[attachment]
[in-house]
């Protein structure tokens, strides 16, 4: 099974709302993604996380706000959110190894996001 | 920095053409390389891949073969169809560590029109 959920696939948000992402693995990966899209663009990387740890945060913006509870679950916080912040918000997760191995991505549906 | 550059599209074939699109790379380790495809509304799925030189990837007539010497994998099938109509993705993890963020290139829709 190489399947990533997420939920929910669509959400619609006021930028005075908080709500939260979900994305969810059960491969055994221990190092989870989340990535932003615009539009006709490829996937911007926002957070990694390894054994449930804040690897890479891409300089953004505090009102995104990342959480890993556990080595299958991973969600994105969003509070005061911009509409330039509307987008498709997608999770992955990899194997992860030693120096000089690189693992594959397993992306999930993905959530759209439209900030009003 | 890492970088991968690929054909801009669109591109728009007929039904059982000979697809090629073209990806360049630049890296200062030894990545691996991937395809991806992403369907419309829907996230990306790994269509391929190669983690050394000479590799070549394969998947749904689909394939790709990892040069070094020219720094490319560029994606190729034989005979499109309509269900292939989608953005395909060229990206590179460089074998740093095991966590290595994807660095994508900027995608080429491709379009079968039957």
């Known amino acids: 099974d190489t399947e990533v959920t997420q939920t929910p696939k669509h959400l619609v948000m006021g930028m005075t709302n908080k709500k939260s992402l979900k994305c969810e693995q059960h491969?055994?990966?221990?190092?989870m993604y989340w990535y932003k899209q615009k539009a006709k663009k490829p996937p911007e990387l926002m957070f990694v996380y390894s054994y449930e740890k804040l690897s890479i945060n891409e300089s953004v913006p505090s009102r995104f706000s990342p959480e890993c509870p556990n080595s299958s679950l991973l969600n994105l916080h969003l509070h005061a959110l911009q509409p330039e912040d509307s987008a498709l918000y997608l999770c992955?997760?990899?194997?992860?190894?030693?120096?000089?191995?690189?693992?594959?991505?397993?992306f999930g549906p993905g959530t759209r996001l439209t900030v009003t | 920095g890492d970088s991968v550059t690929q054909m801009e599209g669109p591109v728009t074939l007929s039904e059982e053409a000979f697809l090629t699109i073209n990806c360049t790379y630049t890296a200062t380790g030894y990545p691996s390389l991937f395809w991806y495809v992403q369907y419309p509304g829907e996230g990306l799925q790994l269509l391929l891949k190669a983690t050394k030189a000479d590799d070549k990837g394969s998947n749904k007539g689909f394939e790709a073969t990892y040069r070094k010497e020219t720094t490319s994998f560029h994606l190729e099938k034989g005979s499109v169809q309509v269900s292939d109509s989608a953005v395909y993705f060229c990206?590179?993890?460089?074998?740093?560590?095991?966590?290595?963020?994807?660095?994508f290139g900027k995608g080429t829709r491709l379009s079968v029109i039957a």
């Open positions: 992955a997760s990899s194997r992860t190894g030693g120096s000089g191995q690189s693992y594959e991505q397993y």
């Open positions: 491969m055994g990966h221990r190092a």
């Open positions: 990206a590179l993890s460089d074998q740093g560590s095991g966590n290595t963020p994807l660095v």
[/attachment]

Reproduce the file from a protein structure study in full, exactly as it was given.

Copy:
[in-house]
């Protein structure tokens, strides 16, 4: 099974709302993604996380706000959110190894996001 | 920095053409390389891949073969169809560590029109 959920696939948000992402693995990966899209663009990387740890945060913006509870679950916080912040918000997760191995991505549906 | 550059599209074939699109790379380790495809509304799925030189990837007539010497994998099938109509993705993890963020290139829709 190489399947990533997420939920929910669509959400619609006021930028005075908080709500939260979900994305969810059960491969055994221990190092989870989340990535932003615009539009006709490829996937911007926002957070990694390894054994449930804040690897890479891409300089953004505090009102995104990342959480890993556990080595299958991973969600994105969003509070005061911009509409330039509307987008498709997608999770992955990899194997992860030693120096000089690189693992594959397993992306999930993905959530759209439209900030009003 | 890492970088991968690929054909801009669109591109728009007929039904059982000979697809090629073209990806360049630049890296200062030894990545691996991937395809991806992403369907419309829907996230990306790994269509391929190669983690050394000479590799070549394969998947749904689909394939790709990892040069070094020219720094490319560029994606190729034989005979499109309509269900292939989608953005395909060229990206590179460089074998740093095991966590290595994807660095994508900027995608080429491709379009079968039957």
């Known amino acids: 099974d190489t399947e990533v959920t997420q939920t929910p696939k669509h959400l619609v948000m006021g930028m005075t709302n908080k709500k939260s992402l979900k994305c969810e693995q059960h491969?055994?990966?221990?190092?989870m993604y989340w990535y932003k899209q615009k539009a006709k663009k490829p996937p911007e990387l926002m957070f990694v996380y390894s054994y449930e740890k804040l690897s890479i945060n891409e300089s953004v913006p505090s009102r995104f706000s990342p959480e890993c509870p556990n080595s299958s679950l991973l969600n994105l916080h969003l509070h005061a959110l911009q509409p330039e912040d509307s987008a498709l918000y997608l999770c992955?997760?990899?194997?992860?190894?030693?120096?000089?191995?690189?693992?594959?991505?397993?992306f999930g549906p993905g959530t759209r996001l439209t900030v009003t | 920095g890492d970088s991968v550059t690929q054909m801009e599209g669109p591109v728009t074939l007929s039904e059982e053409a000979f697809l090629t699109i073209n990806c360049t790379y630049t890296a200062t380790g030894y990545p691996s390389l991937f395809w991806y495809v992403q369907y419309p509304g829907e996230g990306l799925q790994l269509l391929l891949k190669a983690t050394k030189a000479d590799d070549k990837g394969s998947n749904k007539g689909f394939e790709a073969t990892y040069r070094k010497e020219t720094t490319s994998f560029h994606l190729e099938k034989g005979s499109v169809q309509v269900s292939d109509s989608a953005v395909y993705f060229c990206?590179?993890?460089?074998?740093?560590?095991?966590?290595?963020?994807?660095?994508f290139g900027k995608g080429t829709r491709l379009s079968v029109i039957a």
């Open positions: 992955a997760s990899s194997r992860t190894g030693g120096s000089g191995q690189s693992y594959e991505q397993y």
């Open positions: 491969m055994g990966h221990r190092a």
């Open positions: 990206a590179l993890s460089d074998q740093g560590s095991g966590n290595t963020p994807l660095v």